[11 August 2003]
Anyone remember the Booker T. & the MG’s record McLemore Avenue? Released a shade past the group’s heyday in 1970, it featured Booker T. and company stepping out with a whole LP’s worth of Beatles covers, even going so far as to spoof the Abbey Road album cover with the band photographed crossing McLemore Avenue in their native Memphis, Tennessee. While it’s certainly fun to have around as a novelty piece, hearing Booker and the band groan their way through several of Abbey Road‘s side two medleys is a guilty pleasure that gets far more mileage as a party favor than a piece of serious listening.
Dr. Lonnie Smith‘s (not to be confused with the far more cosmic Lonnie Liston Smith) new Boogaloo to Beck CD operates on a similar premise. It’s a clever concept—one of soul-jazz’s premier organists and his hotshot band cutting an entire record of Beck covers—but unfortunately, it’s one that looks better on paper than it sounds in execution. Smith and his group, which features guitarist Doug Munro, drummer Lafrae Sci, and special guest tenor saxophonist David “Fathead” Newman, groove their way through nine career-spanning Beck compositions, touching on the obvious hits (“Loser”, “Where It’s At”) while tackling a couple of less likely numbers along the way.
Guitarist Munro crafted all of the record’s arrangements, remaining largely faithful to the originals while shaping them into vehicles for the more solo-oriented soul-jazz aesthetic. While he does add an unexpected twist here and there, one gets the feeling that it wasn’t all that difficult an adaptation—after all, there’s plenty of groove inherent in Beck’s music (now Tool, that would’ve been a challenge!). Regardless, the entire band plays loosely and with a lot of feeling, so that even though it’s not exactly a radical concept, it’s still an entertaining set of music.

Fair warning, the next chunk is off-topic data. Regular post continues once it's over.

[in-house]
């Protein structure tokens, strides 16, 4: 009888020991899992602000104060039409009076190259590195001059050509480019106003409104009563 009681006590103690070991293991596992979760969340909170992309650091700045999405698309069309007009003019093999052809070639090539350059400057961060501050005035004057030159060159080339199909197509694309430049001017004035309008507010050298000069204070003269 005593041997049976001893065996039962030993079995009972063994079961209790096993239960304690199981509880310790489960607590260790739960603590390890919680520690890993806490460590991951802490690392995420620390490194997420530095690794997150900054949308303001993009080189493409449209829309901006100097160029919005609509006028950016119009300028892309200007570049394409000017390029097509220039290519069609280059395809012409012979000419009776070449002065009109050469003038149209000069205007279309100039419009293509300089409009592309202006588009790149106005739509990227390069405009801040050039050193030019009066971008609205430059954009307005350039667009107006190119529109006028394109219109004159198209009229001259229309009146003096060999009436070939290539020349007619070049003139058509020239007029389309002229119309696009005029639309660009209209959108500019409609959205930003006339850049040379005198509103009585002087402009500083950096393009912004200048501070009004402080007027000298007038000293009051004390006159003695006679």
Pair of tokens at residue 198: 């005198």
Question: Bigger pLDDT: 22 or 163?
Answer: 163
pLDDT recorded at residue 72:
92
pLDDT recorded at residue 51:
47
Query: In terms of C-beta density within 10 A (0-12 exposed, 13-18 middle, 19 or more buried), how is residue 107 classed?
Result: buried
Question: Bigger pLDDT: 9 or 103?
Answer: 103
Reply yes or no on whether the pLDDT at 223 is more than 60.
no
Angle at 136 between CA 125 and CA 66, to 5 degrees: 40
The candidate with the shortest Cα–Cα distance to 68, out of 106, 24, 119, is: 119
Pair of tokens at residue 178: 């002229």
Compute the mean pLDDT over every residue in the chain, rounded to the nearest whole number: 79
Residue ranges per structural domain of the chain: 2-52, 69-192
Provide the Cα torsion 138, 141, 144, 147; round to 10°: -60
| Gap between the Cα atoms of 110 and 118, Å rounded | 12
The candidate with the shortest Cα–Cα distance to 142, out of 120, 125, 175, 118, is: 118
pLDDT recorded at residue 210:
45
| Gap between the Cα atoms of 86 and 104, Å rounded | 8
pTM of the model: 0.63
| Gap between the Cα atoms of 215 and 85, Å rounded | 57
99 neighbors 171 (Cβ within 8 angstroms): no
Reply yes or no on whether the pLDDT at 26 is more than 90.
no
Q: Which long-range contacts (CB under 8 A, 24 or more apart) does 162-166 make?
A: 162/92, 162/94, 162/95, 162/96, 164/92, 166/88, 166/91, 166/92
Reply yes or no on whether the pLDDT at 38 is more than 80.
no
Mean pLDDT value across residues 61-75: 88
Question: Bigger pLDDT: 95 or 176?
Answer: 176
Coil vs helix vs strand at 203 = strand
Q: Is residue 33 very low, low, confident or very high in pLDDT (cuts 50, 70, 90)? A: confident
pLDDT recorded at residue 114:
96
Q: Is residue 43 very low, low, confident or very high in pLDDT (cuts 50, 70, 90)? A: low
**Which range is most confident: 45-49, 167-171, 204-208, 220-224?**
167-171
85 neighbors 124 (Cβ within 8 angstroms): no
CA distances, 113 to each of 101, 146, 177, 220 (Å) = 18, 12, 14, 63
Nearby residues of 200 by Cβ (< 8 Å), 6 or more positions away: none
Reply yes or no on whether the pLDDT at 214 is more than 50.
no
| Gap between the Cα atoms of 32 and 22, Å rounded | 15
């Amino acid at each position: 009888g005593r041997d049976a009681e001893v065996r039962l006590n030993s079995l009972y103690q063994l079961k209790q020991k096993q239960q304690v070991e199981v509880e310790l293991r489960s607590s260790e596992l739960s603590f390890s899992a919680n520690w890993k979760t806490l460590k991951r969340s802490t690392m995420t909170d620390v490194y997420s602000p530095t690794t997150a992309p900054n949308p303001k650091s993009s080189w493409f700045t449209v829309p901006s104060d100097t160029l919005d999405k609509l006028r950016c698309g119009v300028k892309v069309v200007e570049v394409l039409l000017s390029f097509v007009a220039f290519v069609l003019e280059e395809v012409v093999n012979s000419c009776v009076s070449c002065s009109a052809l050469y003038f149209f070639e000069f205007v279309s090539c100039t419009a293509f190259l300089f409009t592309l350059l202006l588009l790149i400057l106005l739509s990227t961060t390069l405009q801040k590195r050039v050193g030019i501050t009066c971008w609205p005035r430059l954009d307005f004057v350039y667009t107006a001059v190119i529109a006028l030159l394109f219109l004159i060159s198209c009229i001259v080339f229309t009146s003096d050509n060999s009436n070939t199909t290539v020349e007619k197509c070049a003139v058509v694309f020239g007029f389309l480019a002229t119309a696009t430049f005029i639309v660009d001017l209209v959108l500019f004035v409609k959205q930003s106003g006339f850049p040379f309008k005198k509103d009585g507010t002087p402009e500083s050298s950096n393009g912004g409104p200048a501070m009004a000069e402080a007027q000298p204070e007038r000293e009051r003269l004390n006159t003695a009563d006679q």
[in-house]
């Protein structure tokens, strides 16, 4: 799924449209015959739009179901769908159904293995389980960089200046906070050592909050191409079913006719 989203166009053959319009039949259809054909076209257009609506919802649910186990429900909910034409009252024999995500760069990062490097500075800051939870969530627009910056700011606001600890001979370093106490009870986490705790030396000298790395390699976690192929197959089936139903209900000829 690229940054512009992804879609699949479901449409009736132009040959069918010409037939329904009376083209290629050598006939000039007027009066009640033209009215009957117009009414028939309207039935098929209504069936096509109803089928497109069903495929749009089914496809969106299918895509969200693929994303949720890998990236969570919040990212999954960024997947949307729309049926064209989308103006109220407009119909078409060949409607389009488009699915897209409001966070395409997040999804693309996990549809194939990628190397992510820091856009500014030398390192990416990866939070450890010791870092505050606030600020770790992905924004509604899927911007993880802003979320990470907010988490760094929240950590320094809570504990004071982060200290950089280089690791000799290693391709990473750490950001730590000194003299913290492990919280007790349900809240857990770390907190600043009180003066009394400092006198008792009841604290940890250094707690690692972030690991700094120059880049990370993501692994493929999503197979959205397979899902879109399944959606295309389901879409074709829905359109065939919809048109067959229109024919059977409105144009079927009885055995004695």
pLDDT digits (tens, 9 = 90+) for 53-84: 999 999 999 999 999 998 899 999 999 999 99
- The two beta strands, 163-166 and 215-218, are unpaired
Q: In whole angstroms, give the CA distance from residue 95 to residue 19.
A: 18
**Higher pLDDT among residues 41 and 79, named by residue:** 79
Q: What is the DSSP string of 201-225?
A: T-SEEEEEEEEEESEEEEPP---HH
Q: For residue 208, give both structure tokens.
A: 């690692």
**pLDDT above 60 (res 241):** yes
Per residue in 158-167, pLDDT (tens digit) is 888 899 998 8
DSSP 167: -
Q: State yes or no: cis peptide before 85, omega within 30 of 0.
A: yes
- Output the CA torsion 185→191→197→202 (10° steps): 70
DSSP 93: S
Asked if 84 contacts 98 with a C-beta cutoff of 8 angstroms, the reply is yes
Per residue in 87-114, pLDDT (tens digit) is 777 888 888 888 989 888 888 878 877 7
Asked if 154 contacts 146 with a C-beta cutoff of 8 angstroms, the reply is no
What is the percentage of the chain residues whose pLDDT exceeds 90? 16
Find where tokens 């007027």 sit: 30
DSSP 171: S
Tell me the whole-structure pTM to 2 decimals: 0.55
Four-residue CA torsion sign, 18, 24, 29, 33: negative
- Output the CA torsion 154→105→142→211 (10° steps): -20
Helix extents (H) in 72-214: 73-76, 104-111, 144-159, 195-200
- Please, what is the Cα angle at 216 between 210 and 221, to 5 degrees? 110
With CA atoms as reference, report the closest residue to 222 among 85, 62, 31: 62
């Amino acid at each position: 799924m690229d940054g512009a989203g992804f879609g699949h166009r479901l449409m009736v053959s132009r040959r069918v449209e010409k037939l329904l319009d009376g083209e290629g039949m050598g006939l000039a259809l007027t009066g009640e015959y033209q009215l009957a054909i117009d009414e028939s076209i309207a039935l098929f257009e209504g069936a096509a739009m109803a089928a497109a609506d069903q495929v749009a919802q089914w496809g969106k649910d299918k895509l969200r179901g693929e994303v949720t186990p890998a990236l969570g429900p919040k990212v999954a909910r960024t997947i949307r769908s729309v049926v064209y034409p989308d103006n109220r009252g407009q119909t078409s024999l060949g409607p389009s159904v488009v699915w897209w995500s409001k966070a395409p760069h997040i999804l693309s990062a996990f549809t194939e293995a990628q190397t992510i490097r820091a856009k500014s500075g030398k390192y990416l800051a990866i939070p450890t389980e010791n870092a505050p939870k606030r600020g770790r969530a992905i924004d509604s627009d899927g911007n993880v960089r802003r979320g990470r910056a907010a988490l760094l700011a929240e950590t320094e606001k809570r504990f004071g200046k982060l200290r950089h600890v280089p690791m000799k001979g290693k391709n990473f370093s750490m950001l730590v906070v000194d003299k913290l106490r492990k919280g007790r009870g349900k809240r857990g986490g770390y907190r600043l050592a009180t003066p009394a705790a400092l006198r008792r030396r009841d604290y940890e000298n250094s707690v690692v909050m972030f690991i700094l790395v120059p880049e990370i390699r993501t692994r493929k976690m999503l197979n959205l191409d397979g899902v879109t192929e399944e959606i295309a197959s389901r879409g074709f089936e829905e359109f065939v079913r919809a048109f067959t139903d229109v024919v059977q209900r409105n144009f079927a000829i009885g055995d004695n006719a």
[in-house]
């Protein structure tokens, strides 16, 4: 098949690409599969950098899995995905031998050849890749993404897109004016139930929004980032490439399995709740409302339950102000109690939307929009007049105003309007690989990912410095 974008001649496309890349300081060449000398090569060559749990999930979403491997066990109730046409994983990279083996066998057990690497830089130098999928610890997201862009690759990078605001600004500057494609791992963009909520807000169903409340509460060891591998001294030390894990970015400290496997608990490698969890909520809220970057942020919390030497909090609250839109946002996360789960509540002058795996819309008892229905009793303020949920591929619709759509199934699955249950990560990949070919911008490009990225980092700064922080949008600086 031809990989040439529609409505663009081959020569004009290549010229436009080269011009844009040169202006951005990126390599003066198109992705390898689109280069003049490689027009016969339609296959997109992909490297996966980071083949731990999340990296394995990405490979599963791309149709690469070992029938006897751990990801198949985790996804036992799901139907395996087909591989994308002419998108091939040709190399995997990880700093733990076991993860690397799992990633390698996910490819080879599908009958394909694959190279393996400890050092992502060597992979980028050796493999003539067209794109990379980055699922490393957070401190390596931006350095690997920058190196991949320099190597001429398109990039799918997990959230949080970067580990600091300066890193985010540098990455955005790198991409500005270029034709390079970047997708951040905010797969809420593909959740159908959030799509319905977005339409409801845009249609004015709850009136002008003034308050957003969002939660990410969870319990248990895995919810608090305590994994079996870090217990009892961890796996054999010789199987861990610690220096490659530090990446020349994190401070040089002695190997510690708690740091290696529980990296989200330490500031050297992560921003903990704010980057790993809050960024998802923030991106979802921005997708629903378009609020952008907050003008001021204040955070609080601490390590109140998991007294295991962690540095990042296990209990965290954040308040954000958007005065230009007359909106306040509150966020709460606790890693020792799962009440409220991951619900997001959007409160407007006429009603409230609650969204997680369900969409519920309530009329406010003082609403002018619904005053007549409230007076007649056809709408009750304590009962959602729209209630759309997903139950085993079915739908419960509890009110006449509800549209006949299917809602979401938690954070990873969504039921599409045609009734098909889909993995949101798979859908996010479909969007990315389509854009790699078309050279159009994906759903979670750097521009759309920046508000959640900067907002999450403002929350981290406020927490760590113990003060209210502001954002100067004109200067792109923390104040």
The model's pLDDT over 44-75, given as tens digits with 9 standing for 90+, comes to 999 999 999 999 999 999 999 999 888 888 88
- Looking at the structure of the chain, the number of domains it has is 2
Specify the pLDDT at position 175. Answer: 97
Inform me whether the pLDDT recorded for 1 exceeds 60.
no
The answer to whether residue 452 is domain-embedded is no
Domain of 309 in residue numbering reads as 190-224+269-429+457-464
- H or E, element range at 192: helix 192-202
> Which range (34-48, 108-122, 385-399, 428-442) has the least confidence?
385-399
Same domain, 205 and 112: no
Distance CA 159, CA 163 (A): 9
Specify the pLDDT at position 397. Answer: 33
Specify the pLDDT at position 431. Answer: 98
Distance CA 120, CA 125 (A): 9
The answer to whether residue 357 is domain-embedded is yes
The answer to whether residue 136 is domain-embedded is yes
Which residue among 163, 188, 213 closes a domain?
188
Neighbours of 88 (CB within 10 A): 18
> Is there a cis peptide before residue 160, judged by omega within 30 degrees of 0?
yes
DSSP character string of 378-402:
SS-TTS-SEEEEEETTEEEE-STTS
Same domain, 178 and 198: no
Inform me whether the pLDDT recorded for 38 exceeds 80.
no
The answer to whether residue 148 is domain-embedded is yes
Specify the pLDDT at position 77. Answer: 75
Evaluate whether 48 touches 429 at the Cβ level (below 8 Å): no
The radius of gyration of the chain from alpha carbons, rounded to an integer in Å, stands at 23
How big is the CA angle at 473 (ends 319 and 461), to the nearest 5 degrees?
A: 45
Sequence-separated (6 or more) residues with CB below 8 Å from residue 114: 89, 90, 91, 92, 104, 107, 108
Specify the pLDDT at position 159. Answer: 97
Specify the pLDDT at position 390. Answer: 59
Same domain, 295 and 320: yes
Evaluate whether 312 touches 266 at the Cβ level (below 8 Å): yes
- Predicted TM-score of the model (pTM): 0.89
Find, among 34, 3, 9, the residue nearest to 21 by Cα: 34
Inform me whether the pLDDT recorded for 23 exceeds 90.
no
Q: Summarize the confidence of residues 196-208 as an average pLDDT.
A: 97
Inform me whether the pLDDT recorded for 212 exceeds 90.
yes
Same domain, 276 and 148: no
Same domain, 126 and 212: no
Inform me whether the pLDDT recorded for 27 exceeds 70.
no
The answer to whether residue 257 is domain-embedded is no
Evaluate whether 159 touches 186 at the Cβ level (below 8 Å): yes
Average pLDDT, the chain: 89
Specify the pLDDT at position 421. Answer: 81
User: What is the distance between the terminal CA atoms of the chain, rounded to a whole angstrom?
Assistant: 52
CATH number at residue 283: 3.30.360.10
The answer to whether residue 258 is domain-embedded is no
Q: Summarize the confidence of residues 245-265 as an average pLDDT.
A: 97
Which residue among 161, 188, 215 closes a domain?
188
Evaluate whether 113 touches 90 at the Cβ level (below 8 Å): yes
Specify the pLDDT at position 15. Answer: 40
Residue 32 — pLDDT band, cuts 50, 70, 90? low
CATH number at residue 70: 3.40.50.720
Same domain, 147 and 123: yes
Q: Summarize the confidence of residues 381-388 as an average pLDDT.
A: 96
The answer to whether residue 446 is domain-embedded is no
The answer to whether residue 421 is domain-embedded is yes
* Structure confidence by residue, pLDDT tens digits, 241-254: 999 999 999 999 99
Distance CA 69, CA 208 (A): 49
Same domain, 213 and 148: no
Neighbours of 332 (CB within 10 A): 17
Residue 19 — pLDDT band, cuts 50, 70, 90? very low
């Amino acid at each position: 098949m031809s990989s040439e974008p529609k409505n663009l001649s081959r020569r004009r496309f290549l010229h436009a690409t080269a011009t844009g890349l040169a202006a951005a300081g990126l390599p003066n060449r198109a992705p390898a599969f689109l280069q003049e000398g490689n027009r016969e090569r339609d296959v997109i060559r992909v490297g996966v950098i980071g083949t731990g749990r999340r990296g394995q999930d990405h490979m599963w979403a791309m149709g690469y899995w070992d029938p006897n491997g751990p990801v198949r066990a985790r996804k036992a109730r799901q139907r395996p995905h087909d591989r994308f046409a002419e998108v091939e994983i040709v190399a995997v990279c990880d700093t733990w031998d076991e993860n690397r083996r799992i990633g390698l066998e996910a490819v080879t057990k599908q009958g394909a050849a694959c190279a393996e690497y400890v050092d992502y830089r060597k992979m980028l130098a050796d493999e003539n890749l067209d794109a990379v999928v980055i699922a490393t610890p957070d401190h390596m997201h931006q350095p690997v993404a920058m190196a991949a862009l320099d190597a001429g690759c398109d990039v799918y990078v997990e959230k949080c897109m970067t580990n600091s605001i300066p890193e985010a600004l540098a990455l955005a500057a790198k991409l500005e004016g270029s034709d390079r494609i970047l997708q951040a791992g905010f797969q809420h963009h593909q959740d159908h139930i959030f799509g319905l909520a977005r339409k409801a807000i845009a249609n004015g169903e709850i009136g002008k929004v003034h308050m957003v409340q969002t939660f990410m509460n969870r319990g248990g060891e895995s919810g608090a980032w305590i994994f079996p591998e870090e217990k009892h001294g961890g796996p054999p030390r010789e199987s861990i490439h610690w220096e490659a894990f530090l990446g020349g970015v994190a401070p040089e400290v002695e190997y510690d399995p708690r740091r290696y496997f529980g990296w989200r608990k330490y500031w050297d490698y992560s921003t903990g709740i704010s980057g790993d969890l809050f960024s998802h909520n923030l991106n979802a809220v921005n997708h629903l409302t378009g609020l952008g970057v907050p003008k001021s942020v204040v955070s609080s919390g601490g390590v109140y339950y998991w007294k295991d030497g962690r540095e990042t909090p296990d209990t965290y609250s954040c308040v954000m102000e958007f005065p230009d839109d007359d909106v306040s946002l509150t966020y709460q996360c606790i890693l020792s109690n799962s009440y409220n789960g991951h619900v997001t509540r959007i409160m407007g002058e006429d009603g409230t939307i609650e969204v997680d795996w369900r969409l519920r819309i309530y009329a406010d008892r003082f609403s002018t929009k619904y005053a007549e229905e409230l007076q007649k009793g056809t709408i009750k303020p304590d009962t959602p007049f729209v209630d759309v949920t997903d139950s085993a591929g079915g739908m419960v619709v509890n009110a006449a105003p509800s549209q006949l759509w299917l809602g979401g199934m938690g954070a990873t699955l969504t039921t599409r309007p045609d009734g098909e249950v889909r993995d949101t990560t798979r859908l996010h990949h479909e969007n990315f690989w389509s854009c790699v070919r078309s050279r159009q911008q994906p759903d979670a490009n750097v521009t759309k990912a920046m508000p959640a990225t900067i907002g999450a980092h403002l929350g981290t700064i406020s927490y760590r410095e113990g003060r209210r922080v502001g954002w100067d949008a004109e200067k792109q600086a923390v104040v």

Strangely enough, the tracks taken from Beck’s Midnite Vultures disc make the best transitions to boogaloo form—“Sexx Laws”, with Sci working wonders out of a JB’s-style funky drummer beat under Fathead’s solo, and the Dr.‘s scatting along with his solo break on “Mixed Buziness” are two of the album’s most endearing moments. “Where It’s At” also proves to be a perfect soul-jazz vehicle, as the Fathead-less trio succinctly captures Beck’s folk-hop vibe. The most fascinating performance, however, is another Odelay track; “Devil’s Haircut” finds Munro using some rock guitar effects to liven up the trio, as Smith responds in kind with some tonal explorations of his own.
Unfortunately the highs aren’t sufficient enough to offset the lows, as most of the remaining tracks either outstay the novelty or fall flat to begin with—the droll elevator music take on “Tropicalia”, the tepid blues shuffle of “He’s a Mighty Good Leader”, and the bland swing arrangement of “The New Pollution” are all prime examples. But the quartet’s downright weak attempt at “Loser” is unforgivable, fading out at the three-minute mark without ever coming together as anything remotely resembling a master take—from a marketing standpoint it’s obvious why it was still included, but for that same reason one would think they’d have tried a couple more takes to yield something more definitive.
Yet it’s that same sense of kitsch marketing that will probably make this release more popular with Beck fans than staunch jazz aficionados, because even though the playing is solid throughout (or, in Lafrae Sci’s case, exceptional) the results still come out as an unremarkable jazz session. But even if it doesn’t work from a jazz standpoint, it’s ideal for those moments when a party or DJ set needs a hefty curveball to spice things up.